Herd Immunity: How to Convince Communities to Take the Jab

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The United States has seen the number of cases go down from the peak of over 400,000 in January 2021 to less than 20,000 a day by June. It is an incredible achievement driven largely by the rapid and wide distribution of vaccines against COVID-19. However, recently, experts, including Dr. Anthony Fauci, warned that the United States may never reach herd immunity. An integral factor that is preventing the nation from eradicating the virus that was first detected in Wuhan, China in late 2020 is vaccine hesitancy.

There are many reasons why people become reluctant to vaccinate themselves or their children. Some have grown to distrust the institution of medicine because of historical and ongoing mistreatment. Others, of course, are victims of misinformation that they saw on social media or shared with them by friends and family.

The World Health Organization already warned that vaccine hesitancy is one of the top threats to global health. The refusal to get a vaccine or have their children inoculated has led to disease outbreaks in the past. Measles, an infectious disease that has been eradicated from the United States in 2000 through vaccination, has re-emerged in recent years, recording 1,282 cases in 2019. Experts have been warning that smallpox, which was declared eradicated by WHO in 1980, might also return.

Why Herd Immunity is Important

Herd immunity is the measure in which members of the community have received immunization either from a previous infection or vaccine. Because people are immune, infectious diseases are unlikely to spread, even among those who have not been vaccinated.

This is why getting vaccinated to achieve herd immunity is necessary. Some people cannot take the vaccines because they are immunocompromised, are moderately or severely ill, or allergic to an ingredient used in the drug. They rely on, instead, their community to protect them from infectious diseases.

Experts estimate that about 60 to 70 percent of the population should have immunity against the disease to reach herd immunity.

If herd immunity is not achieved, the likelihood that a vulnerable individual encounters an infected person grows higher. They are more likely to get sick, and because of their condition, they may develop more serious symptoms and become hospitalized.

So, how can a community improve vaccine intake, especially now that vaccine hesitancy is threatening to prevent the United States from eliminating COVID-19?

Inform Those Who Want to Be Informed

A lot of people are hesitant to take the vaccine because they do not understand it. If they do not understand, they become more susceptible to misinformation.

Vaccines that are released to the market for wide use are safe. It is thoroughly assessed for safety and efficacy through multiple tests. Just like medications, it goes through in vitro drug testing. If that proves successful, it moves on to animal trials. If it continues to yield immunity without life-threatening side effects, it moves forward to three to four stages of clinical human trials.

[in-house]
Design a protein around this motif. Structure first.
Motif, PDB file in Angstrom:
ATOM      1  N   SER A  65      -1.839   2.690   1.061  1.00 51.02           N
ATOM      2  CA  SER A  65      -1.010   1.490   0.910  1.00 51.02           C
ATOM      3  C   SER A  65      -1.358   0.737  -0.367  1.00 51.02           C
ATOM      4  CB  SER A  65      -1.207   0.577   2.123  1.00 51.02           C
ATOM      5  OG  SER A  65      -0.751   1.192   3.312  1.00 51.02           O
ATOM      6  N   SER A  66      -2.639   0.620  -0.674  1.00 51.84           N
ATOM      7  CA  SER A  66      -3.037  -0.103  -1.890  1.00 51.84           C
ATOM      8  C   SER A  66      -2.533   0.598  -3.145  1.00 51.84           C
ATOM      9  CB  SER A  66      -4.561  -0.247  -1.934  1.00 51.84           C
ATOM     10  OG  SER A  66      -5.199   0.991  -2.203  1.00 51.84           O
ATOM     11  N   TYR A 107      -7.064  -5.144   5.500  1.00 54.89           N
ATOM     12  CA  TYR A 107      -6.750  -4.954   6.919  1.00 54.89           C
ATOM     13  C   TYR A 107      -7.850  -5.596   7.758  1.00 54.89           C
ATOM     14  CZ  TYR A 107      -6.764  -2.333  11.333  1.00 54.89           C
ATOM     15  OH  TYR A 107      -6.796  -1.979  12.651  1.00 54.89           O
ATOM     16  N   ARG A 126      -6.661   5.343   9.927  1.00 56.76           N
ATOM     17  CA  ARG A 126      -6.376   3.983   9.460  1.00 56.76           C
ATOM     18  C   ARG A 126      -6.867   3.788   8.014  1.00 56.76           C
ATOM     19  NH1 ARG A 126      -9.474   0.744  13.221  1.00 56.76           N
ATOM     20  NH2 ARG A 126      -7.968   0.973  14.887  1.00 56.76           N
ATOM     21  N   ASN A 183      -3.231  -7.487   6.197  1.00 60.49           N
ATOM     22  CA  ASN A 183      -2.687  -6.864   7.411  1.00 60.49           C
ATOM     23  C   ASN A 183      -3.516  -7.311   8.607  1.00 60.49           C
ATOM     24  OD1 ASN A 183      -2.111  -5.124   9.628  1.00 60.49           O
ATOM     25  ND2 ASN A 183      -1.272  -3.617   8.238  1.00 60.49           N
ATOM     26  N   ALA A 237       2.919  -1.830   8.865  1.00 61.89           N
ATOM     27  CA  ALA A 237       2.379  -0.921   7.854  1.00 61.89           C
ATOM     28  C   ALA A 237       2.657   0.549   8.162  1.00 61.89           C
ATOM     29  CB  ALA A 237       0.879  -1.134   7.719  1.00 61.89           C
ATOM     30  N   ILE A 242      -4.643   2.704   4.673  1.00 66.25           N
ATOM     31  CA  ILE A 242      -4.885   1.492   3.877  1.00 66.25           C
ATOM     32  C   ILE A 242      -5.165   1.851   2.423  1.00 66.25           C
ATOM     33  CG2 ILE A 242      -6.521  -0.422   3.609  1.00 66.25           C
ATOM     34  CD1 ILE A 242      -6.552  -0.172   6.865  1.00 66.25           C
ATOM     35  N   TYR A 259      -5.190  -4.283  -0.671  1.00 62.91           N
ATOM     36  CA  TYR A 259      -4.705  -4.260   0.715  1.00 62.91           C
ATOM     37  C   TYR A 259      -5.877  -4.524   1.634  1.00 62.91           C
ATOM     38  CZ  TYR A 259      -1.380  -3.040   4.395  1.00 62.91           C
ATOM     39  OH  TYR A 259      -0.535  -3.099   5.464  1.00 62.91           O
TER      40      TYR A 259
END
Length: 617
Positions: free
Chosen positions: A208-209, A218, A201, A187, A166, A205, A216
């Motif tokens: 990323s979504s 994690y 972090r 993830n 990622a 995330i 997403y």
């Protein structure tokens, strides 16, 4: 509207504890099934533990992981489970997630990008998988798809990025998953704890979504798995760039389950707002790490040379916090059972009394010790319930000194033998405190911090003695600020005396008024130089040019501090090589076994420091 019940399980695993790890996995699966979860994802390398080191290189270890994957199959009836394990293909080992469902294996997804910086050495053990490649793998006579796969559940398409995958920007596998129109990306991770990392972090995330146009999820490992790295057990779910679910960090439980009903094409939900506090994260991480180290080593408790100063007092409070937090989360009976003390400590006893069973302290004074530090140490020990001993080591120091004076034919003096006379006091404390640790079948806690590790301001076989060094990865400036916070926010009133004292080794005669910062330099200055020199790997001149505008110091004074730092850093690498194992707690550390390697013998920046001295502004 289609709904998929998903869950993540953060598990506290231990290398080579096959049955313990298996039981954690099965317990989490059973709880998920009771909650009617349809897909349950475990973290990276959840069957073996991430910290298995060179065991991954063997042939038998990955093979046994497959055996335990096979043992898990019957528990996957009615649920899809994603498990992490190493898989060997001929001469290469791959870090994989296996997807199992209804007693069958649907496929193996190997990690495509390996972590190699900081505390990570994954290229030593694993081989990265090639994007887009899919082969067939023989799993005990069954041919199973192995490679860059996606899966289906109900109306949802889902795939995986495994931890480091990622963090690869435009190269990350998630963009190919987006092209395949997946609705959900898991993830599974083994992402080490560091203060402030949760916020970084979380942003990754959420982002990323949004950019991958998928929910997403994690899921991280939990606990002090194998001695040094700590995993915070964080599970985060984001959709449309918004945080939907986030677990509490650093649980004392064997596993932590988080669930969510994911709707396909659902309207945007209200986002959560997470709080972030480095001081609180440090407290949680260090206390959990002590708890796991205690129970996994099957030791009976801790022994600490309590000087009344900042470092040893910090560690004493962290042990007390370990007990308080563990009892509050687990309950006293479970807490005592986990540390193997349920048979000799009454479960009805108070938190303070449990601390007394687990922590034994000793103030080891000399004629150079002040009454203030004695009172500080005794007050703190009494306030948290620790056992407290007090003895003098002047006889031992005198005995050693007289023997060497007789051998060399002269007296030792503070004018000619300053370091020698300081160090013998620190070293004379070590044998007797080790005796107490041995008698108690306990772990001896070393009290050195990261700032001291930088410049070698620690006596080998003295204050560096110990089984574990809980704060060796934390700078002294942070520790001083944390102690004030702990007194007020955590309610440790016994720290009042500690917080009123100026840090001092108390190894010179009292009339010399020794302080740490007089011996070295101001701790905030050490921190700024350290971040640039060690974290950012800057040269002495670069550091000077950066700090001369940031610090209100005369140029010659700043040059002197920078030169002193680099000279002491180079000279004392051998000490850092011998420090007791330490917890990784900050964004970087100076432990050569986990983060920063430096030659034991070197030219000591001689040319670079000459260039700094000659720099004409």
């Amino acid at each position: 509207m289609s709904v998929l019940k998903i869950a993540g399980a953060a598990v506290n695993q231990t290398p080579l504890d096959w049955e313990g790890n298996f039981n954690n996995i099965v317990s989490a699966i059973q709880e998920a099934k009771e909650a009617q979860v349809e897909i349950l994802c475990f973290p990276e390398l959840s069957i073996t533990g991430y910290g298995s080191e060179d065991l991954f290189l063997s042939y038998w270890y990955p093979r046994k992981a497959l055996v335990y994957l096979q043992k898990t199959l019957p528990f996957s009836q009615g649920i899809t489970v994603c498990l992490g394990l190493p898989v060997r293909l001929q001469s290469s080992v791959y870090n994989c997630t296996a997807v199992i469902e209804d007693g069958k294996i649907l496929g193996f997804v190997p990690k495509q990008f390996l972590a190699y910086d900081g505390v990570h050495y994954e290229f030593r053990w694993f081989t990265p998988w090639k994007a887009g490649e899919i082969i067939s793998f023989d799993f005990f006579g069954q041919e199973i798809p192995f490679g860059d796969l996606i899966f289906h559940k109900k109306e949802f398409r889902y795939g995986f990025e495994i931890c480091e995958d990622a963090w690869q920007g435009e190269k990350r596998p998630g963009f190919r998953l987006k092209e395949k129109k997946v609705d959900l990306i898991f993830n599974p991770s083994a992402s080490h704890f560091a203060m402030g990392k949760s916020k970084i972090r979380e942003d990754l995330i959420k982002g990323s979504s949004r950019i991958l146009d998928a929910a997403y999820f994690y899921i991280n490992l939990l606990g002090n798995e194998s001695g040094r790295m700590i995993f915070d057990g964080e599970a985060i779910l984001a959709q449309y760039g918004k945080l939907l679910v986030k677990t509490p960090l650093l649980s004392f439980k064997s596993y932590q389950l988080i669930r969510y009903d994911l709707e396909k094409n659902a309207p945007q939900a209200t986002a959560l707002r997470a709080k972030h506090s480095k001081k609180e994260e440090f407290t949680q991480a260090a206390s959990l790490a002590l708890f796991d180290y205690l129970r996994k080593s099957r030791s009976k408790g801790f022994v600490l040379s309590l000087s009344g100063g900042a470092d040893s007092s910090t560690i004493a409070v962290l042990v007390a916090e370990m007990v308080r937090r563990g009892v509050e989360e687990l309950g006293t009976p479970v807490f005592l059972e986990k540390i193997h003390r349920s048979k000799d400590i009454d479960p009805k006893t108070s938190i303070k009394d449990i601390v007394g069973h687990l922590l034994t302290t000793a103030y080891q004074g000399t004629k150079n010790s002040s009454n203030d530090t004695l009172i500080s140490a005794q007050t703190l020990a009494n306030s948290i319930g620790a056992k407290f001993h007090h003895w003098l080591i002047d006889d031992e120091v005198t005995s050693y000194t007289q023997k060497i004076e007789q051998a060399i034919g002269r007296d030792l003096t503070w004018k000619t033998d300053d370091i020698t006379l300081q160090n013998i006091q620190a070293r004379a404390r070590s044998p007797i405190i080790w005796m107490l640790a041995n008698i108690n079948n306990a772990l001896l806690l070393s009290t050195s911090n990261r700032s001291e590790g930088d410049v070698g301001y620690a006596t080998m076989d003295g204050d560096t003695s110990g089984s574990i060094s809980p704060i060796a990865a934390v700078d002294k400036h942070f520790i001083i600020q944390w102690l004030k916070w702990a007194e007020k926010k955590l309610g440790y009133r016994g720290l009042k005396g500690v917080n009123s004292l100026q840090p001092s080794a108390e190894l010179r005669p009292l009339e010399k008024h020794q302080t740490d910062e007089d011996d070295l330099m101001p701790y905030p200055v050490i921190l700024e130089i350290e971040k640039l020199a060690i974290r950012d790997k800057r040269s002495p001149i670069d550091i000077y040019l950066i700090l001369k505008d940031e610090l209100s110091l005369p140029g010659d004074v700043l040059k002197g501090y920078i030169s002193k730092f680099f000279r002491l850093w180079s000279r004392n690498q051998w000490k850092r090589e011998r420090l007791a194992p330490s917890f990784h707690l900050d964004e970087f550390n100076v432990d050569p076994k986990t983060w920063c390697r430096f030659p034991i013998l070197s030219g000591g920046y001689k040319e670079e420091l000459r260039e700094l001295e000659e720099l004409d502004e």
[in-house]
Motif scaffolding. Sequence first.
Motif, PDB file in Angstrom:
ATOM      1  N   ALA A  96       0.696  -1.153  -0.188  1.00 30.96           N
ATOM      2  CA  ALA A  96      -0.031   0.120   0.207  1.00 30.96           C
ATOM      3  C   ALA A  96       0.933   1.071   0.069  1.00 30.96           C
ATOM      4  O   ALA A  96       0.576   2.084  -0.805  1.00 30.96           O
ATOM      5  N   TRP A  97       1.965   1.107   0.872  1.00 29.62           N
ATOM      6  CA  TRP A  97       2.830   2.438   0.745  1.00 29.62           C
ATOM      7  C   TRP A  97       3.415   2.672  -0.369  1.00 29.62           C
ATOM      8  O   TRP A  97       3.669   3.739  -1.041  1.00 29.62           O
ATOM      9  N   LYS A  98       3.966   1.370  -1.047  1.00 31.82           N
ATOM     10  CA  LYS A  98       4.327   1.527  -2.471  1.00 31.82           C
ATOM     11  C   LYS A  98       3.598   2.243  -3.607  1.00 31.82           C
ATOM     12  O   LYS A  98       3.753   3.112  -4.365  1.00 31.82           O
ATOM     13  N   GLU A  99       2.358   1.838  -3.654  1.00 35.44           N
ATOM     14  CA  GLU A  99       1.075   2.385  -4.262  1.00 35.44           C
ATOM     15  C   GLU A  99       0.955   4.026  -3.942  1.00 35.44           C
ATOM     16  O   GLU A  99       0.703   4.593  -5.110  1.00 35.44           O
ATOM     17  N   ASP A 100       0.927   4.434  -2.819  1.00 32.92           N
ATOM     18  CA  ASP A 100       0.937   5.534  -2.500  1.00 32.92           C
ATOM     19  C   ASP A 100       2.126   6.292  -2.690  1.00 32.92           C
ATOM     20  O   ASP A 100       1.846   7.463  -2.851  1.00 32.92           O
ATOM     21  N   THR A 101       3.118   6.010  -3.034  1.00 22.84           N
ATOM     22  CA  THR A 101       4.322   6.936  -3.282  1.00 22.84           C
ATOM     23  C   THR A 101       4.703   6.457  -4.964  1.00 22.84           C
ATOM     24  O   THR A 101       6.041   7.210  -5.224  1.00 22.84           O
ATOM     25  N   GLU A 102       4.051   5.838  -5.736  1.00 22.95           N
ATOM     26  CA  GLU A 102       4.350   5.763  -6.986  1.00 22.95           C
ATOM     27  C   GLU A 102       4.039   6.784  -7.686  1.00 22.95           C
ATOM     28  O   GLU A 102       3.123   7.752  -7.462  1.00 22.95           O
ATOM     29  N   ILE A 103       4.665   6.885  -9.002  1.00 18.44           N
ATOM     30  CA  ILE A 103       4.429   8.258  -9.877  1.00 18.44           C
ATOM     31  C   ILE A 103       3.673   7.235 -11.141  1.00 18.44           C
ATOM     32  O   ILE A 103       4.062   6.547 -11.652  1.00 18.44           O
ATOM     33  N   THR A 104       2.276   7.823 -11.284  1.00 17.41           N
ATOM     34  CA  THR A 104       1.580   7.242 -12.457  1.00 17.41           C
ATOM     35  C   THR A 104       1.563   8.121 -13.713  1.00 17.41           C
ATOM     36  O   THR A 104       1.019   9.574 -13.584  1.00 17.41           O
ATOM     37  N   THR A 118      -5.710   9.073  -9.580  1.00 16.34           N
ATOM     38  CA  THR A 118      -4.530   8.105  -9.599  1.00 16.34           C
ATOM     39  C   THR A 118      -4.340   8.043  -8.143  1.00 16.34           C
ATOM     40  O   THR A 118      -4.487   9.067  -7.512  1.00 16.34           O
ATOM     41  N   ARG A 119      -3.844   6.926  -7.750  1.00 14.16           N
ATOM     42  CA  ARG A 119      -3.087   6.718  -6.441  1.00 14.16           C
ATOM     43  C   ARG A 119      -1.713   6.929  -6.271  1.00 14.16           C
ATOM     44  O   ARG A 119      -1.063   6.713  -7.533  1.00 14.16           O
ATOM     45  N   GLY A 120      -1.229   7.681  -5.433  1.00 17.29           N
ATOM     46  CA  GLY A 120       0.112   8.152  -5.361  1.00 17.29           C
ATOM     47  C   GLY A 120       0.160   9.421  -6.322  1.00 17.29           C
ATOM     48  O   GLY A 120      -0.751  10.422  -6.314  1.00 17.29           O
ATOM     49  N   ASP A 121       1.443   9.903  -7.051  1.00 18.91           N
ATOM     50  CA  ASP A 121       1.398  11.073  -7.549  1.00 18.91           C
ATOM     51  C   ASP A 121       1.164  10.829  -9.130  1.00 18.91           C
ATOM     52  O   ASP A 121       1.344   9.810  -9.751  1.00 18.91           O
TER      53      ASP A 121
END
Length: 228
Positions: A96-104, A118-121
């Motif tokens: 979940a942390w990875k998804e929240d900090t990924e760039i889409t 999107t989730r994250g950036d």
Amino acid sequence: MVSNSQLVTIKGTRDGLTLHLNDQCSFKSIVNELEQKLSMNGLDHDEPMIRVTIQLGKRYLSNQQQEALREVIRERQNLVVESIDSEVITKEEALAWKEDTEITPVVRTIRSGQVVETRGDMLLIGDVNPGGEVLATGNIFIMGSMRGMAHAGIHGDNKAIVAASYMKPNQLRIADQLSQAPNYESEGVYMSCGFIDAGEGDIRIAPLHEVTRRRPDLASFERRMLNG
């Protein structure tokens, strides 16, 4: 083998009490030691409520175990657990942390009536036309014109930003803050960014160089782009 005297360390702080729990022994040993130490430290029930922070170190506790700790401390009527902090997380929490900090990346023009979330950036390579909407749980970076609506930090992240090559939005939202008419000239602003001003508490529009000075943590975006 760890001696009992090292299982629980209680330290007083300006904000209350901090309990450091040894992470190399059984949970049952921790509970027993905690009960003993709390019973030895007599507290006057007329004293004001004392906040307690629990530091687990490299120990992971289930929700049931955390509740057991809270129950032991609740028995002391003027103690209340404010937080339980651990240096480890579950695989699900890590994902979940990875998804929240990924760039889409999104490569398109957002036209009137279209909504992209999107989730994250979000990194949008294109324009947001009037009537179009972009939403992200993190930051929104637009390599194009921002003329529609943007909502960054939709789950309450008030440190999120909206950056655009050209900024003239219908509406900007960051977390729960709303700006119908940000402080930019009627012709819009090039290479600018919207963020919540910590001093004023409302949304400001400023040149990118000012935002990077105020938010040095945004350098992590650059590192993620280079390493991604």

To enlighten apprehensive individuals, explain the vaccine, its safety and efficacy, and the benefits they can gain from it in terms that they understand. Share articles from reputable sources to fight misinformation.

person holding vaccine

Be Transparent about Known and Unknown Risks

There is no point in hiding risks. All vaccines can have side effects and will not provide 100 percent protection. Being honest about the risks is part of providing factual information. If they are aware, they will not be surprised or feel lied to if they hear another person experiencing an adverse reaction from a vaccine.

Tell them what they might experience after inoculation. A common side effect is muscle soreness, dizziness, body pains, nausea, tiredness, and even fever. Knowing the risks could save their lives because they would know that they need to go to the hospital to get checked when they experience a serious side effect.

Share Positive Experiences

People might become willing to get the vaccine if they know someone who had it and turned out fine.

Telling them to get the vaccine will not be sufficient to convince them. Share to them that you had it, that your loved ones were also inoculated, and prominent individuals in the community were also vaccinated. Doing so will increase their trust in the vaccine.

Tell Them Why They Need to Get the Vaccine

Communities typically want to protect their vulnerable members. If they know that getting the vaccine can protect their friends and family from catching an illness and dying from it, they will be more receptive.

The community must band together to protect one another, especially from COVID-19, which has claimed the lives of millions of people worldwide. However, much work is needed to dispel misinformation and to convince everyone to take the shot.

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